The Lesson Planning Mommy – Celebrating the 4th of July!

It’s the Fourth of the July, and although watching the fireworks is always a great way to celebrate, here are some more ideas for really getting the kiddos into the patriotic spirit!

What We’re Reading:

Corduroy’s Fourth of July

Don Freeman (Creator)

Lisa McCue (Illustrator)


Red, White, and Boom!

Lee Wardlaw (Author)

Huy Voun Lee (Illustrator)


Apple Pie Fourth of July

Janet S. Wong (Author)

Margaret Chodos-Irvine (Illustrator)


Fourth of July Mice!

Bethany Roberts (Author)

Doug Cushman (Illustrator)


Fourth of July, Sparkly Sky

Joan Holub (Author)

Amanda Haley (Illustrator)


Hats off for the Fourth of July

Harriet Ziefert (Author)

Gustaf Miller (Illustrator)



I’m a Little Firework (sung to the tune of I’m a Little Teapot)

I’m a little firework

Up in the sky

I dance and I shimmer

Way up, up high.


Sometimes I’m red.

Sometimes I’m blue.

But I always sparkle

Just for you.


I’m a little firework

Up in the sky.

I dance and I shimmer

Way up, up high


Red, white and blue,

Red, white and blue

These are the colors in our flag

Red, white and blue

Red, white and blue

These are the colors in our flag

We live here in the United States, everyone jump and shout hurray (hurray!) Red, white and blue, Red, white and blue These are the colors in our flag


Fireworks Light the Sky (sung to the tune of Row, Row, Row Your Boat)

Bang! Snap! Whistle! Pop!

Fireworks fill the air.

See them lighting up the sky

On the Fourth of July.



Enjoy these fun activities with your kids in celebration of Independence Day!


Handprint Fireworks:

This is an extremely easy 4th of July craft for kids of all ages!

Materials We Used:

  • Construction Paper – Red and Blue
  • Glue
  • Glitter
  • Scissors


  1. Trace your child’s hands onto a piece of red construction paper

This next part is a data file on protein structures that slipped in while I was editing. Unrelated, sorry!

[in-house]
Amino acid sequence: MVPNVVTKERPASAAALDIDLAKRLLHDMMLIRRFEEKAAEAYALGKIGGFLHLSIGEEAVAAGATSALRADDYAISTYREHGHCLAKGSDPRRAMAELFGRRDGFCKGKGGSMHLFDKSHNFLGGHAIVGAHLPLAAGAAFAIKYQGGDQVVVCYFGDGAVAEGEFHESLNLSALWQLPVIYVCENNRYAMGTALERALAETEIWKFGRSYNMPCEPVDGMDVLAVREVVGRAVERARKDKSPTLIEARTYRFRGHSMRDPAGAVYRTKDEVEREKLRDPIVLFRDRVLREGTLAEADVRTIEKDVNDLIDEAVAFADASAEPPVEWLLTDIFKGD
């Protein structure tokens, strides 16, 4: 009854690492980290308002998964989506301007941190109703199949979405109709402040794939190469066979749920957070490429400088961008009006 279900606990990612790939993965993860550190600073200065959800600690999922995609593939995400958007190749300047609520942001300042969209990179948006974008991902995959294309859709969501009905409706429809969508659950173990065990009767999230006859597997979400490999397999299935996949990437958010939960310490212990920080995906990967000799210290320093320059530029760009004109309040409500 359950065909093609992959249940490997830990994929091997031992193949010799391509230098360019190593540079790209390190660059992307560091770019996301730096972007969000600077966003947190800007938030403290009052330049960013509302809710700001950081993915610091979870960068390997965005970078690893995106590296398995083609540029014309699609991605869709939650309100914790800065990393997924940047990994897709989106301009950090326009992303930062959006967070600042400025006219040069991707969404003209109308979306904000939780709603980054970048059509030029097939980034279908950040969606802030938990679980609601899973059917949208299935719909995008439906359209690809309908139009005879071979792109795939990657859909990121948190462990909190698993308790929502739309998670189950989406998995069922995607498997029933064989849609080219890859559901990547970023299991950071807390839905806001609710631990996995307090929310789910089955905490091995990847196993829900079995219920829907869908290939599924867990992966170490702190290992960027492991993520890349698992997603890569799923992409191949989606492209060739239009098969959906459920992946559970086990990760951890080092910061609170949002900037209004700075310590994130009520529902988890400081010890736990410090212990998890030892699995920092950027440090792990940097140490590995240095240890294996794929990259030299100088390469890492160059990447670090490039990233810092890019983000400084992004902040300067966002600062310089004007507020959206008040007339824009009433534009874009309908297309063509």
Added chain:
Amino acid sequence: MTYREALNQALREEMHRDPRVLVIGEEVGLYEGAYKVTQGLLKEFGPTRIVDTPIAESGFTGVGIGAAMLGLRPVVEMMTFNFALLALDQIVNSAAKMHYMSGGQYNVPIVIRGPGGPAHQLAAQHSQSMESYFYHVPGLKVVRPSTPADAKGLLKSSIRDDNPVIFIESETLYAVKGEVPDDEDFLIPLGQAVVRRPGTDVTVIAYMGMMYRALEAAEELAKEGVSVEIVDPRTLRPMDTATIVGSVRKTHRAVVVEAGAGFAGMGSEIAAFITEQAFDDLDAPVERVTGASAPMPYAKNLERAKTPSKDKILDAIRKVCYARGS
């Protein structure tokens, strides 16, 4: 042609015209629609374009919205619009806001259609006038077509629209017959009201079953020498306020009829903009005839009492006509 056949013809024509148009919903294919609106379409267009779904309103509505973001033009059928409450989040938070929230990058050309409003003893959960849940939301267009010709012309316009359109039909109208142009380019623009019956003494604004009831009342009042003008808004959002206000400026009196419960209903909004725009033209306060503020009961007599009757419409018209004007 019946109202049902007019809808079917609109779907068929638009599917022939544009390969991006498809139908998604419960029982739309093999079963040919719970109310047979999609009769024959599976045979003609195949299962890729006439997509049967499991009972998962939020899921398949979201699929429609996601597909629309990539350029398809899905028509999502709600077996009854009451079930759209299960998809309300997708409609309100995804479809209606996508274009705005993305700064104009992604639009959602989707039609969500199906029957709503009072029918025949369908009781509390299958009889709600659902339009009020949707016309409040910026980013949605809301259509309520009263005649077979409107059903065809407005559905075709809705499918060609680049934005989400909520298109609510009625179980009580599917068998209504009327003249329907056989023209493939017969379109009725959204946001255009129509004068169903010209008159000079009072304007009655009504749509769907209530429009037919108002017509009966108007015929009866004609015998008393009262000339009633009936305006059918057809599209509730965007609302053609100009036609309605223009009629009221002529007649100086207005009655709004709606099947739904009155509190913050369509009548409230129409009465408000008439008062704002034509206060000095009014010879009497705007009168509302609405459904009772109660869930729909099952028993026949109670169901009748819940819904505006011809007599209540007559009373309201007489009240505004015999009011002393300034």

2. Cut out and glue down onto the blue paper
  3. Create a firework design on top of each hand with glue (make sure to extend the lines up each finger)
  4. Cover the glue fireworks with glitter, and shake off the excess


American Flag:

This is a fun and unique activity to do with your children for patriotic holidays.  After it is finished, put it on display in the house.  I used my older son’s hand as the stars and my younger son’s feet for the stripes!


Fireworks In A Jar:

If you have a little one who is fascinated with colors and fireworks, this simple experiment will be perfect for you (and your child).  The idea for this experiment originally came from here.

And another plus – you probably already have everything you will need: oil, water, and food coloring!

  1. Fill a jar 3/4 of the way full with warm water
  2. In a separate bowl, mix 3-4 tablespoons of oil and several drops of different colors of food coloring (I used 4 drops of each color: red, yellow, blue, and green)
  3. Gently mix the oil and food coloring together using a fork
  4. Gently pour the oil mixture into the jar
  5. Watch what happens!  The food coloring will slowly sink out of the oil and into the water.  When this happens, it will expand and begin to mix with the other colors.

The Science Behind It:

Food coloring dissolves in water but not in oil. Because the oil is less dense than the water, it will float to the top.  The colored droplets will begin to sink because they are heavier than the oil. Once they sink into the water, they will begin dissolving into the water (which looks like a tiny explosion).


This red, white, and blue drink perfectly festive for kids and adults.  How does it work?  The drink with the highest sugar content stays on the bottom.  Pour the red fruit punch first, the blue Gatorade next, and the diet 7-up or sprite last.